Some say we talk daft, we say they do. We’re proud of being from Yorkshire, proud of our landscapes and proud of our dialect – that said, we have sometimes given some weird and wonderful names to where we live. Here’s 5 of the best…
1. Kirkby Overblow
“Overblow” is merely a corruption of the word “Oreblow”, which is a reference to the iron smelting works which was once here.
The pre-fix “Kirkby” means “church village”, so put together:
Kirkby Overblow = The Church Village of the Ore Blowers
And a lovely bit of Yorkshire it is too.
2. Thornton Le Beans
This village located at the top of North Yorkshire, near Northallerton means simply:
“A farm with thorn bushes that grows beans”
That is all, but is still a great name to look out for on a signpost as it rolls beautifully off the tongue… and it still gets pretty windy up on t’moors!
High up in the Yorkshire Dales lies the village of “Crackpot”.
It is made up of a combination between the old English “kraka”, which means “crow” and an ancient Viking word, “pot”, which means a cavity or hole in the rock.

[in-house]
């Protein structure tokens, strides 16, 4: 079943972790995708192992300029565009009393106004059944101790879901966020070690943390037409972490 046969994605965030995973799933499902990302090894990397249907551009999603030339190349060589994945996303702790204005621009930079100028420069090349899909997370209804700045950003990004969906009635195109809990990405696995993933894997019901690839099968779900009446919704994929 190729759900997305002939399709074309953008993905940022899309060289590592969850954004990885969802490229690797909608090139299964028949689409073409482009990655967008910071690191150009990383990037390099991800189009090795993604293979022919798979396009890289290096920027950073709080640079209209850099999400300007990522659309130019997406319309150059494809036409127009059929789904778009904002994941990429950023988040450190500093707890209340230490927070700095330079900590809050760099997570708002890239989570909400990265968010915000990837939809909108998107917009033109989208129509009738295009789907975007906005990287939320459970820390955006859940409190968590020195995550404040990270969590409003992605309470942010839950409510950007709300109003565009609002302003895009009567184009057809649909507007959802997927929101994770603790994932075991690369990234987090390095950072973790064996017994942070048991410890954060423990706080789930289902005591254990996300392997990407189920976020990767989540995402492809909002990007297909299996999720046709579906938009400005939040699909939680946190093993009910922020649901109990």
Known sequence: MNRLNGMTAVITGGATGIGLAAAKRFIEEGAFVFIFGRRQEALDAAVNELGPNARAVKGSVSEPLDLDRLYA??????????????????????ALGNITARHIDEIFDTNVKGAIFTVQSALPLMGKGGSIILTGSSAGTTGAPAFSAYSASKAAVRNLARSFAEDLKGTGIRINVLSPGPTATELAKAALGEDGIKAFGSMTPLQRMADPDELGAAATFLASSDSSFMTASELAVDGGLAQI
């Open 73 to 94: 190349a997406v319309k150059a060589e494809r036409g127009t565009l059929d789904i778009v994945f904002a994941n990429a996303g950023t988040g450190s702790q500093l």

Crackpot = Crow Hole
It’s still a barmy Yorkshire name though!
The village of “Jump”, is situated a few miles South East of Barnsley.
According to local legend the village acquired its name because of a stream which ran through its centre.
Local miners had to “jump” across the stream in order to gain access and cross from one side of the village to the other.
5. And finally…Wetwang
The East Yorkshire village of Wetwang has often been the butt of many jokes, but actually its origins appear to be somewhat mundane.
The most common theory is that it derived from the old Viking word, “Vaetvangrr”, which simply means:
“field for the summons of trial or action”
The late great Richard Whitely famously became the Mayor of Wetwang in 1998, an honour that has been held by weatherman, Paul Hudson since 2005.
You can find 5 more unusual Yorkshire Place Names in our other article